Caroline Rainbird

Our May 2022 Outlook

FSCS Chief Executive Caroline Rainbird introduces our May 2022 Outlook, focusing on the 2022/23 levy forecast.  

Today we are sharing the latest compensation and overall levy forecast for 2022/23. Whilst the headline levy number has decreased since our first forecast in November, the amount of compensation we expect to pay customers during 2022/23 is still greater than the total we paid last year.  The longer-term data also suggests that the year-on-year increase in the amount of compensation we pay to customers will continue. In part, this is because around 80% of people come to us at least five years after dealing with the firm they are making a claim against. Hence the harm has often occurred many years before a claim is made and the compensation paid to the customer.

We submitted an extensive response to the FCA’s Compensation Framework Review (CFR) discussion paper in March, where we set out our views on creating a fair and balanced compensation regime for the future. It is important to note that the review is not looking at how FSCS operates. The team continues to provide the customers of failed financial services firms with excellent service, paying compensation where we can do so in an efficient and fair manner.

We have faced criticism from some levy payers over the size of their FSCS bill in recent years, but these costs are only a symptom – driven by poor consumer outcomes and the compensation we need to pay out as a result. FSCS is keen to play a positive and proactive role in shaping the long-term future of the UK’s compensation regime, and we believe our submission demonstrates our commitment to being a leading and thoughtful voice in this important debate.

I am very conscious of the impact paying out increasing levels of compensation has on the industry, as well as consumers, and we continue to call for changes that will help address the root causes – such as scams, poor practice, and gaps in financial education – so that the costs of the levy can be sustainably reduced over time.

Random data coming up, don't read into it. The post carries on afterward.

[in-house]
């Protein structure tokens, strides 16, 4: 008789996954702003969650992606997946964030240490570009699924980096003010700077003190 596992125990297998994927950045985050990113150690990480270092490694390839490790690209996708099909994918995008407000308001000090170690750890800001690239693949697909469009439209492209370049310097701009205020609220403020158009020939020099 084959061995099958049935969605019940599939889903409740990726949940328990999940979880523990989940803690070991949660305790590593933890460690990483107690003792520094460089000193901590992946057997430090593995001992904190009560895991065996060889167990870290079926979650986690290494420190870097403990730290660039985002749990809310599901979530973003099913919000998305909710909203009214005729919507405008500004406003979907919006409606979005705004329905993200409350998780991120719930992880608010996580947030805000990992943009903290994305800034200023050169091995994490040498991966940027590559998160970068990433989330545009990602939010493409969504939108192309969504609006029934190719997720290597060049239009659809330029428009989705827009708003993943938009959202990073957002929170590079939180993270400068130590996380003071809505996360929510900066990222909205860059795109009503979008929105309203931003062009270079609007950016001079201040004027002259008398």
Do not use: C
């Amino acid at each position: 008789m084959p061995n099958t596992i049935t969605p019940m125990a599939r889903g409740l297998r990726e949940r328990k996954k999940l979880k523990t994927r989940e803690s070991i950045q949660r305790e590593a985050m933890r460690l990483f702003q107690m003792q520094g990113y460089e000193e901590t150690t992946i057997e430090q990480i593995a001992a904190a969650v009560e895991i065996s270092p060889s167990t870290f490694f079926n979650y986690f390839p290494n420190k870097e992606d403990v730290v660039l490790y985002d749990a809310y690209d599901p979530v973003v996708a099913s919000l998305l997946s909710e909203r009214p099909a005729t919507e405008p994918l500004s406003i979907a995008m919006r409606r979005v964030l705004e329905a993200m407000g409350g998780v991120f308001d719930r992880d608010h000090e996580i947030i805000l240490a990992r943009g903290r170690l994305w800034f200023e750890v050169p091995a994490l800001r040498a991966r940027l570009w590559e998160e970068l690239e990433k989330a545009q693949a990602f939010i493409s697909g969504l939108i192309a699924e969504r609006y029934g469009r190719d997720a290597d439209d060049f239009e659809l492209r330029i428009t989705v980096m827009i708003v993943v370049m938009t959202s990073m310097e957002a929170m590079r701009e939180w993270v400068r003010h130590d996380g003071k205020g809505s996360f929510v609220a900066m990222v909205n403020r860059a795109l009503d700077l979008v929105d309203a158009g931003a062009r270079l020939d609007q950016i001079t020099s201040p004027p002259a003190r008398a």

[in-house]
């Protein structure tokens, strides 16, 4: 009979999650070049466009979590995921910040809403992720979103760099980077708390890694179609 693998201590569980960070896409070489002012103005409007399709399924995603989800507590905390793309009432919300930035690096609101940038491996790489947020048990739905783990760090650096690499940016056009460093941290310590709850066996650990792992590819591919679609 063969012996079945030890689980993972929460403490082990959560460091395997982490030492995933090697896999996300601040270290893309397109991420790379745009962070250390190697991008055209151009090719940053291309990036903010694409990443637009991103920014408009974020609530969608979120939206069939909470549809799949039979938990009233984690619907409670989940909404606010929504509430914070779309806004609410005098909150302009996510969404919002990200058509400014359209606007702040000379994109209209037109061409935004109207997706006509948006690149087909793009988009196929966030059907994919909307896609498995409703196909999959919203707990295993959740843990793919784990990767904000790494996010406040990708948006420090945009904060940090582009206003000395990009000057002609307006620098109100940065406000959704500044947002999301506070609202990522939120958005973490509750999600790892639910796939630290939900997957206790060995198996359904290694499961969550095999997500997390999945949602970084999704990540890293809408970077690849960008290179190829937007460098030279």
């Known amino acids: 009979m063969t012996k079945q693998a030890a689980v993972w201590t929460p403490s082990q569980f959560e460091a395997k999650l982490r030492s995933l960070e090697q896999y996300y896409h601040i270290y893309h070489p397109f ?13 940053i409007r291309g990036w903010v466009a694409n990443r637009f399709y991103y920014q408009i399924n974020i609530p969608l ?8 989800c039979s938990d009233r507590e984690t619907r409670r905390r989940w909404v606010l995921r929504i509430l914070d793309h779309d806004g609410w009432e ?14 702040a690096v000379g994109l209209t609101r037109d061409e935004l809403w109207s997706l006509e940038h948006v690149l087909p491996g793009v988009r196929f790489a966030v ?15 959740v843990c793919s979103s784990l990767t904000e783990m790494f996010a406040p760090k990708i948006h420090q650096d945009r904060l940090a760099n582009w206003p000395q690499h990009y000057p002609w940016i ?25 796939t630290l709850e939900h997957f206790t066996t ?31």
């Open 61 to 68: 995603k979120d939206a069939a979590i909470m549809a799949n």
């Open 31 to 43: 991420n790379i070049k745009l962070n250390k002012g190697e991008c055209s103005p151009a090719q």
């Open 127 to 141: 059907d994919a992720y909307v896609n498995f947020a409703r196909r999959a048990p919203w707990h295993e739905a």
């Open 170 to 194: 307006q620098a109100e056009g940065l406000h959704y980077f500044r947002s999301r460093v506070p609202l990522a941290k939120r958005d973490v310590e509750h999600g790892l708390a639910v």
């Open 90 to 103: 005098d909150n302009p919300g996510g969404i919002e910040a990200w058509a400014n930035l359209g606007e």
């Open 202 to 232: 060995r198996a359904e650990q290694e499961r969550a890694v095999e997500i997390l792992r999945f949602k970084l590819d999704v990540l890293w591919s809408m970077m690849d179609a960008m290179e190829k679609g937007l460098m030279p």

We also support further exploration and analysis of alternative compensation funding models, including the retail pool concept which we know causes particular frustration in some parts of the industry. Although changing the current model will not eliminate the underlying issues, we appreciate that it may alleviate some of the pressure on levy payers.

In relation to compensation funding, there is one area in particular that needs highlighting, and that is pensions. The scale of the financial loss experienced by many consumers in this area highlights the impact the current compensation limit has on our ability to put people back on track, leaving many with pension shortfalls. These losses are compounded by the fact that in the UK we have low pension engagement, with many people not checking their pensions regularly or taking the time to understand how their money is invested. People often do not realise the consequence of poorly advised decisions on their retirement plans until it is too late for them to recover their losses. This can have a devastating financial and emotional impact.

We have also published some of the data and insights (pdf 4MB) that we put forward in our submission to the CFR, and we look forward to seeing the full detail of responses to the discussion paper.

The latest 2022/23 levy forecast

In our latest Outlook update, we share our latest total levy forecast for 2022/23 of £625m. Although this is a decrease from the final 2021/22 levy of £717m, we expect compensation costs for the year to be greater. Surpluses from 2021/22 have allowed us to reduce the amount billed to firms, but past instances of consumer harm continues to drive high levels of compensation.

Following consultation earlier this year, the PRA and FCA confirmed our Management Expenses Levy Limit (MELL) at £110.5m. This covers our expected running costs for the year plus a contingency for unexpected costs which we do not bill to firms unless required. The total levy forecast of £625m includes a revised management expenses levy of £85m, as we have now factored in a surplus from last year of £11m.